Three years ago, Liverpool finished behind Leicester, West Ham United and Southampton across a 38 game season. On Wednesday night they play away to Barcelona in a Champions League semi-final in a game that involves arguably two of the best three teams on the planet.
To take a silver lining in desperation from the most frustrating of all the clouds, perhaps City’s refusal to drop points is a good thing, as far as appreciating Wednesday night goes.
What was once an expectation of a league title has become a still possible, yet fading hope. And so with every Aguero or Sterling winner on the domestic front, this European run has increased in significance.
That’s important, it should be significant, it should mean everything. On Wednesday, two of the best sides in the world go to head to head in the biggest club stadium there is. Never mind your ‘best on the continent’ or ‘European giants’, let’s not pretend there’s teams kicking about in South America or the Far East who are better than these lads.
Liverpool, a team with no weaknesses, against Barcelona, a side with surely the greatest player to have graced the earth. Also, the ten other lads who’ll line out for them won’t be any mugs either. They’ll include a man who is arguably the most skilled footballer to have ever worn a Liverpool shirt.
Over the last fifteen years, you could probably count on one hand the amount of times a team has gone to the Camp Nou with less fear than Liverpool will have tomorrow night.
The concept of them being labelled as frauds or bottlers when they will likely finish on 97 points becomes more ludicrous when you realise how little regard Klopp’s side have for accepted limits, pre-conceived narratives and more than anything, fear.
The stumbles and slips of those chasing a top-four spot in recent weeks should highlight how Liverpool are mentally stronger than at least 95% of teams playing at this level.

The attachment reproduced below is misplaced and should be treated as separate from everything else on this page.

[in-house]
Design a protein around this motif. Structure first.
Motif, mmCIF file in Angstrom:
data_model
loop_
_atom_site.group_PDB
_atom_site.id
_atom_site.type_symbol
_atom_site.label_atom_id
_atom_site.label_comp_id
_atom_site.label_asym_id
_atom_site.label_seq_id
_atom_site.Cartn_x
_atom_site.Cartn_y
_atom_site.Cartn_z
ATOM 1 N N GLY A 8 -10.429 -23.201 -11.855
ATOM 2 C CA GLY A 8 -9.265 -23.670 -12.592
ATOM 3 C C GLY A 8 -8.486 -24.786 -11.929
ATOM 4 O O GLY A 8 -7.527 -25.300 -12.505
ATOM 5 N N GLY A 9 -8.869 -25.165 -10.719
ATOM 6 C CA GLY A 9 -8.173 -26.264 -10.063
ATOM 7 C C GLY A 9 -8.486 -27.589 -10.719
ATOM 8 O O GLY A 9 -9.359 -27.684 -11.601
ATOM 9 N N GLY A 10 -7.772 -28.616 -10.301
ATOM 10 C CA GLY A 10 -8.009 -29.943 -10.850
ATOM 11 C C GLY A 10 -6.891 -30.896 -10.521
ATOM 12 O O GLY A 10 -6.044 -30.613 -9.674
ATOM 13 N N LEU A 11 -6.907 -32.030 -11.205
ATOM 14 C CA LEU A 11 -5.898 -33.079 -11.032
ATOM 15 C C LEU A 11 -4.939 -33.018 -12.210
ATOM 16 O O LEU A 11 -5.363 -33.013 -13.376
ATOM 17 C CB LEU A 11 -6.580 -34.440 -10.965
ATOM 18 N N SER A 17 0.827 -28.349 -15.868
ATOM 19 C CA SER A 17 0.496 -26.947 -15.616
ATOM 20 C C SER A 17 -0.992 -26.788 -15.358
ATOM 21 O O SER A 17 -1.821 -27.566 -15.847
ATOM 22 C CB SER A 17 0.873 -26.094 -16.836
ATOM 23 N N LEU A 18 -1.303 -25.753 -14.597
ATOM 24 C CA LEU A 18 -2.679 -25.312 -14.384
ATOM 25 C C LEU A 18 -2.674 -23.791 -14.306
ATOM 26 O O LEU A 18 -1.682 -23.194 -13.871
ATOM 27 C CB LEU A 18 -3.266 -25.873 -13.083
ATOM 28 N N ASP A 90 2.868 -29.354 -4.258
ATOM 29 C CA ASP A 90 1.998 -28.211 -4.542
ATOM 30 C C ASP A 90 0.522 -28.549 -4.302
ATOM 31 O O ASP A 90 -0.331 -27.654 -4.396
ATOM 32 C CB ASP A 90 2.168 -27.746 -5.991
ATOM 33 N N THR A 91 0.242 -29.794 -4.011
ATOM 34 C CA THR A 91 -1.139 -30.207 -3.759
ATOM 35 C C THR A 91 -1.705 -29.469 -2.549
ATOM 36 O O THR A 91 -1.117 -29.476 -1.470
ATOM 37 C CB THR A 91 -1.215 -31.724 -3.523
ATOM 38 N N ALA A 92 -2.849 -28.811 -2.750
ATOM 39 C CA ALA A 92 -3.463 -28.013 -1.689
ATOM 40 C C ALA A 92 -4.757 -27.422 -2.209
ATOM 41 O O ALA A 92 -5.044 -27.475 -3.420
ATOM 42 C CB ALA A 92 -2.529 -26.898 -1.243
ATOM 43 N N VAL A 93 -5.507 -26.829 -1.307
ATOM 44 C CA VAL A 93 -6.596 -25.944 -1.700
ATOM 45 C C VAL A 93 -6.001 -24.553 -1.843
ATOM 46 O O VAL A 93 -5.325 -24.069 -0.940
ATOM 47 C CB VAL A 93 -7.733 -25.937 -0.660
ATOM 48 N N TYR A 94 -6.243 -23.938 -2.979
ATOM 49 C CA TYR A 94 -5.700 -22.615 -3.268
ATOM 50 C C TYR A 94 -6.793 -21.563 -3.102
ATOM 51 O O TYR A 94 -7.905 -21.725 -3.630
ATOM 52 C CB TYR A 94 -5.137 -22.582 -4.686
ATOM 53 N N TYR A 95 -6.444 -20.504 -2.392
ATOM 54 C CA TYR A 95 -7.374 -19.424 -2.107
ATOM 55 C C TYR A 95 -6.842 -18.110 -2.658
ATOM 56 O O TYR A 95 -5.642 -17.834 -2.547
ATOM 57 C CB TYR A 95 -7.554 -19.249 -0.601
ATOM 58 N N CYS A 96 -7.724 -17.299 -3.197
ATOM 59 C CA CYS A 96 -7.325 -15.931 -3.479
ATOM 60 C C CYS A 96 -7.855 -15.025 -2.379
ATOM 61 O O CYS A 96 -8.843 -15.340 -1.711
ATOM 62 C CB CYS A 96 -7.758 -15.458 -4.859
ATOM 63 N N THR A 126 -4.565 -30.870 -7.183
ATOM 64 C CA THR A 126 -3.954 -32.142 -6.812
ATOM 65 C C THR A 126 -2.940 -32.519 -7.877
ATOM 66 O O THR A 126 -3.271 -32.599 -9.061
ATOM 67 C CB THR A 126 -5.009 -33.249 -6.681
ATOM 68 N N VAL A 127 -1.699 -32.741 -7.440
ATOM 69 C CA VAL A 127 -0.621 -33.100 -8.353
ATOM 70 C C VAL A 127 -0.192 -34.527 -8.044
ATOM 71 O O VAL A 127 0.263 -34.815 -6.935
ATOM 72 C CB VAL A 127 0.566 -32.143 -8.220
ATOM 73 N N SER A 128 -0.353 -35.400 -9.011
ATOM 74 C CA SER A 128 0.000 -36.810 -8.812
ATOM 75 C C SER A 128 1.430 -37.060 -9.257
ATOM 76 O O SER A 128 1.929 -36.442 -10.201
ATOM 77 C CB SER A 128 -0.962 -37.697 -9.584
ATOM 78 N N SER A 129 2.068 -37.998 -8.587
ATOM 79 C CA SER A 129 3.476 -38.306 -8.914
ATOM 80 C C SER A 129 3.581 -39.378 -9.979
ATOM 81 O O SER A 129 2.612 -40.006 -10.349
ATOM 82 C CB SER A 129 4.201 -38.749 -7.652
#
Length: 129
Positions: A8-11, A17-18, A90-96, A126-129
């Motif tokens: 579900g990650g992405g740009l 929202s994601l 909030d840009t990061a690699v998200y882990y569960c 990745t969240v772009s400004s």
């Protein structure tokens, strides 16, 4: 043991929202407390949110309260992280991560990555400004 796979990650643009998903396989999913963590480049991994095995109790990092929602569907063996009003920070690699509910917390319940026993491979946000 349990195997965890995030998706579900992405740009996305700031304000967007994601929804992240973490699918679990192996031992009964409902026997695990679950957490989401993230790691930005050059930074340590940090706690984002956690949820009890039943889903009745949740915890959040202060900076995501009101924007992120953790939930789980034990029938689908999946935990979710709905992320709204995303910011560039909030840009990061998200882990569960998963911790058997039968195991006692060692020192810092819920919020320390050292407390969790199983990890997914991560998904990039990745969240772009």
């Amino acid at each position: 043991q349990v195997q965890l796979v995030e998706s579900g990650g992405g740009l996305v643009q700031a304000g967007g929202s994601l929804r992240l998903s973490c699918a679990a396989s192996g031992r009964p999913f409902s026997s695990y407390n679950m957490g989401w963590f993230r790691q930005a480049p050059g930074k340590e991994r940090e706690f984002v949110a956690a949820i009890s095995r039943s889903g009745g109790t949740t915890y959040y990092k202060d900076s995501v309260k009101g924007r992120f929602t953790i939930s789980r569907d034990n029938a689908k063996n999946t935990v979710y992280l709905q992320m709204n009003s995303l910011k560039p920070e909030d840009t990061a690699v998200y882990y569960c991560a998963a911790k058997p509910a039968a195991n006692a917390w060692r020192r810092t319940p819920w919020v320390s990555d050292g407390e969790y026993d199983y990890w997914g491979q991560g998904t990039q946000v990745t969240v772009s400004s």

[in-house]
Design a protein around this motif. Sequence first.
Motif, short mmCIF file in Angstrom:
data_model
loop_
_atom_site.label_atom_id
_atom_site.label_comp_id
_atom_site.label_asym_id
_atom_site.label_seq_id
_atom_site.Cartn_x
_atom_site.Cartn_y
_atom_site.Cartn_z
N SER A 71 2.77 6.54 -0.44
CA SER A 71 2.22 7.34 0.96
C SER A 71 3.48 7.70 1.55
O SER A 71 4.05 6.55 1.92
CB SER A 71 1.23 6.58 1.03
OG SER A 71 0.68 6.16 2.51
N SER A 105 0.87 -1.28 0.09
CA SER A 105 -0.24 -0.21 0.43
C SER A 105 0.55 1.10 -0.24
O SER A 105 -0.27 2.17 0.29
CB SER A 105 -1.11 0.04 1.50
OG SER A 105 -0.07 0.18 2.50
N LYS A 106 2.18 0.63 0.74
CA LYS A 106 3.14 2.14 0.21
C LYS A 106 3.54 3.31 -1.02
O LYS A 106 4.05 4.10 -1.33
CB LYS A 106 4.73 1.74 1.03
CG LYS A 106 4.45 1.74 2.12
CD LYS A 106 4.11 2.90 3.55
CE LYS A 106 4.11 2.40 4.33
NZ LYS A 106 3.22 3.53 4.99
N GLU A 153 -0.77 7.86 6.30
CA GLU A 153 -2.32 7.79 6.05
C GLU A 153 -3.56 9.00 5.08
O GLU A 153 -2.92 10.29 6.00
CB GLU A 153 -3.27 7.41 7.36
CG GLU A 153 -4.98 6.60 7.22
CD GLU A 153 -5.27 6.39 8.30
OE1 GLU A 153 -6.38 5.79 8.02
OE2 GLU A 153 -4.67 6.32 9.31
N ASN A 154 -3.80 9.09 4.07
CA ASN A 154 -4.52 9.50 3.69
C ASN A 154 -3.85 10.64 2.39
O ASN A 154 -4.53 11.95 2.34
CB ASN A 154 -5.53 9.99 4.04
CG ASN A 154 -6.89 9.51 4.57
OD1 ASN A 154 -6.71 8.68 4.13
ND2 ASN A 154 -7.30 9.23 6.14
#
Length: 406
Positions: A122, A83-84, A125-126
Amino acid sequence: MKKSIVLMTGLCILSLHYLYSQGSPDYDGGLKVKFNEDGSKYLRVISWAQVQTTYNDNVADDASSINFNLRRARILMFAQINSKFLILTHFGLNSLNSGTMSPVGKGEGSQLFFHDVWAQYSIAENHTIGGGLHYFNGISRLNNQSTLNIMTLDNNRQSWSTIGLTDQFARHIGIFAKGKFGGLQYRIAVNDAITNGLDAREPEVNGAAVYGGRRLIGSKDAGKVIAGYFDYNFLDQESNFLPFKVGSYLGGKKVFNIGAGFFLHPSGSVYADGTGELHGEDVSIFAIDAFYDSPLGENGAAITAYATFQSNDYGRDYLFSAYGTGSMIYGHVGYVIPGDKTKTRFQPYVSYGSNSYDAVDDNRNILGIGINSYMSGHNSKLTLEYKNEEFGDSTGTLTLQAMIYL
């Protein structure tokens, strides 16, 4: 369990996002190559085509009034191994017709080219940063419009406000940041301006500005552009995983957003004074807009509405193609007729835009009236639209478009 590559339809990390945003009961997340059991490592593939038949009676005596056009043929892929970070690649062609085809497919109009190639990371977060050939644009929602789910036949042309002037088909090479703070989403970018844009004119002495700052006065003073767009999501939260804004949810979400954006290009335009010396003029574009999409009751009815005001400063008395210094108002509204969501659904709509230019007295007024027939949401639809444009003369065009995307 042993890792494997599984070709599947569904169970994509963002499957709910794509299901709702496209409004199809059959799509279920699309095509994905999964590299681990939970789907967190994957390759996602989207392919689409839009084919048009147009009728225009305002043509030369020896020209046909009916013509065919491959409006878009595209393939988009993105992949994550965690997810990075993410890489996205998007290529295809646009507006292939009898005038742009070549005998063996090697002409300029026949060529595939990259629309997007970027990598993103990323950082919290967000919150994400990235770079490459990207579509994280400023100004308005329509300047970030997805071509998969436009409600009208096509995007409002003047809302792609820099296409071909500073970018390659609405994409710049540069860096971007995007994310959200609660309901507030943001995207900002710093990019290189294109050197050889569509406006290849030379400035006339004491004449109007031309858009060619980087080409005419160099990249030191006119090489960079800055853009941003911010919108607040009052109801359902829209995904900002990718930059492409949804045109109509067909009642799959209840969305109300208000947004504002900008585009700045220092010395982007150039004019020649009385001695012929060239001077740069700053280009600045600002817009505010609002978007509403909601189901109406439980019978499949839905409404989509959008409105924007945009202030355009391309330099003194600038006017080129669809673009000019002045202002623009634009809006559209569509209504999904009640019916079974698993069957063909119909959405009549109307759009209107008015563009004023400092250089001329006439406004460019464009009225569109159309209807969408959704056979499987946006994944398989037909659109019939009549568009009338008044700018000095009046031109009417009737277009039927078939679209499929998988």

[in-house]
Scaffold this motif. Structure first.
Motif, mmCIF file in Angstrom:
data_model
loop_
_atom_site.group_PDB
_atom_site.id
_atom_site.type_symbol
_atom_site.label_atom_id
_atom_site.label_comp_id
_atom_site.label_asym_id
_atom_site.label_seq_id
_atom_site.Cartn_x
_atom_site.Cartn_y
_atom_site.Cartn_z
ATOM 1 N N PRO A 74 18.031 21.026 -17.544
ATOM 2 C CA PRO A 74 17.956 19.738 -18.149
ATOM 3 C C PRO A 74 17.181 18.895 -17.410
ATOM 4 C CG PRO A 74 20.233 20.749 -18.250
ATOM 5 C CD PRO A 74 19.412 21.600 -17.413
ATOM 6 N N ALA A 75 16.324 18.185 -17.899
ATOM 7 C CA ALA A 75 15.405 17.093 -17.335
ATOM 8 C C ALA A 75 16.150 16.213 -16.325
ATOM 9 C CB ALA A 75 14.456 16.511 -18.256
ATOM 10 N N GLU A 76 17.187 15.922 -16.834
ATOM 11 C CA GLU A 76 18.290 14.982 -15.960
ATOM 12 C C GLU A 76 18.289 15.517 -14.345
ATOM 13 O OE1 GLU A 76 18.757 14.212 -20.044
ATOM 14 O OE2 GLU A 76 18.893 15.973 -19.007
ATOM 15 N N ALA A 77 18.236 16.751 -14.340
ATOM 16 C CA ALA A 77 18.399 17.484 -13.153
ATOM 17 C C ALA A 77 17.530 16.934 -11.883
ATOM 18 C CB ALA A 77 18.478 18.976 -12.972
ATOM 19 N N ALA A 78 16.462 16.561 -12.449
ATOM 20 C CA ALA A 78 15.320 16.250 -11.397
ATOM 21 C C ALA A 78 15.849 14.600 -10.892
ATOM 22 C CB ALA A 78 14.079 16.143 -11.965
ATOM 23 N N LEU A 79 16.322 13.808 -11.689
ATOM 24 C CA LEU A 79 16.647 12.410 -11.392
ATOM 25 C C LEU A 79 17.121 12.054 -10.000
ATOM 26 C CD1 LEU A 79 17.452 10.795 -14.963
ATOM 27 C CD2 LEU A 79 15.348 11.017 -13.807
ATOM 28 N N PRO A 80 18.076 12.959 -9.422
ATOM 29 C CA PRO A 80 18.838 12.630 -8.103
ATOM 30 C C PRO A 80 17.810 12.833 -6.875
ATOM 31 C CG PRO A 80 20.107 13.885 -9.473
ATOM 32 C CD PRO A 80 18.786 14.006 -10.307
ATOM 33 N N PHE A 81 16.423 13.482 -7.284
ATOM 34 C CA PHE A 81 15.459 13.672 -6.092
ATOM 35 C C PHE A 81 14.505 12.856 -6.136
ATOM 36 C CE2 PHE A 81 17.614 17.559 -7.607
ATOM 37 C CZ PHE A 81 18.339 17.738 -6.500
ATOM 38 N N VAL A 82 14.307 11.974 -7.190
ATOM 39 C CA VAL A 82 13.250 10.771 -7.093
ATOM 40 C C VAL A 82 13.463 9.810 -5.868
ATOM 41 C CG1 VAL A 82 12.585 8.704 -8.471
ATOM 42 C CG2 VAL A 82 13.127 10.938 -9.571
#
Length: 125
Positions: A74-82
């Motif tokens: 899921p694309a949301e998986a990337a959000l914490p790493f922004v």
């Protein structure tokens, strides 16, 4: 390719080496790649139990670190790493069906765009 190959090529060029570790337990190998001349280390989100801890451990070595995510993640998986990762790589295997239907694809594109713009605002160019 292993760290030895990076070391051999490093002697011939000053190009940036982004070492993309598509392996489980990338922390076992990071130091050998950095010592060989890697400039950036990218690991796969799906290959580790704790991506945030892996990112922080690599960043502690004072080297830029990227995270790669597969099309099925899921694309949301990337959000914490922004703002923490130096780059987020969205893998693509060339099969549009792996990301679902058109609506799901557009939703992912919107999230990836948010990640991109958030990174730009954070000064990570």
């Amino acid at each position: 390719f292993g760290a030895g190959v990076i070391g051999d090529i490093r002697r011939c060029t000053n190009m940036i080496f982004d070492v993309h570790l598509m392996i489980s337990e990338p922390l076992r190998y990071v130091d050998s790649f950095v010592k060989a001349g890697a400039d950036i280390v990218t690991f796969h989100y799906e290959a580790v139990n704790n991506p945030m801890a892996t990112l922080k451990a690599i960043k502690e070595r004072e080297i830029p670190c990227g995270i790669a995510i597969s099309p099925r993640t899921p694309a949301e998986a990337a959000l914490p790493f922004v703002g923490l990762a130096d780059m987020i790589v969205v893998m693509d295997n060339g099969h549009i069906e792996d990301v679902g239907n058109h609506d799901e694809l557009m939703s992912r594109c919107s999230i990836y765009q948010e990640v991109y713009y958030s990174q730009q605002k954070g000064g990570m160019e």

Sure, having the best centre-half in the world and a front three as good as any other helps. However, on countless occasions this season, this side could’ve bought in to the made-up self-fulfiling prophecies of failure and crumbled under the pressure.
Burnley away, Everton at home, the trip to Craven Cottage, going to Stamford Bridge in September and so on. There were plenty of chances for Liverpool to throw it away. City’s ridiculous depth and resources gave Klopp the perfect excuse to fall back out of contention as Tottenham have.
But they don’t care about that option, they don’t care about the past or media hype and they don’t conform to the widely accepted, unofficial rules of football.
They didn’t go to the Allianz Arena and try to get a score draw. They didn’t stop for a second to think that 8 wins in 8 games during December might be out of the question. In the derby in December they didn’t accept that they had had more of their fair share of good fortune down the years versus Everton and that the blues were due a result. Each time they pushed the boundaries of what was seen as the done thing.
They care more than anything about bringing success back to this club. The reason why they are in a good position to do just that is because that’s all they care about.
It’s maybe Jurgen Klopp’s most underrated skill as a manager. The ability to fuck off the accepted narratives. The narrative that only sides bank-rolled by oligarchs and sheikhs can hit 95 points. The narrative that his sides can’t clear the final hurdle when it matters. The narrative that football teams just don’t win ten on the bounce even if they may be favourites for all ten. He eliminates all fear and doubt whilst keeping his team pragmatic and sensible on the pitch.
It is this attitude that means instead of Paris Saint Germain, Real Madrid and Manchester City, Barcelona are joined by Ajax, Tottenham Hotspur and Liverpool in the semis. Ajax didn’t bother reading the script going to the Bernabeu 2-1 down. They didn’t travel to Turin thinking ‘it’s been a good ride, but teams like us don’t get through past the quarter-finals’.
Tottenham saw no reason why they couldn’t finish the tie versus Dortmund in one leg, and weren’t concerned about overhauling a team who will likely finish 25 points ahead of them in the league.
It is this attitude that Liverpool showcase as good as anybody. It is this attitude that makes anything possible on Wednesday night. It is this attitude that makes the pedigree and record of Barcelona in Europe close to irrelevant.
Jurgen Klopp doesn’t care. His players don’t care. Liverpool don’t care.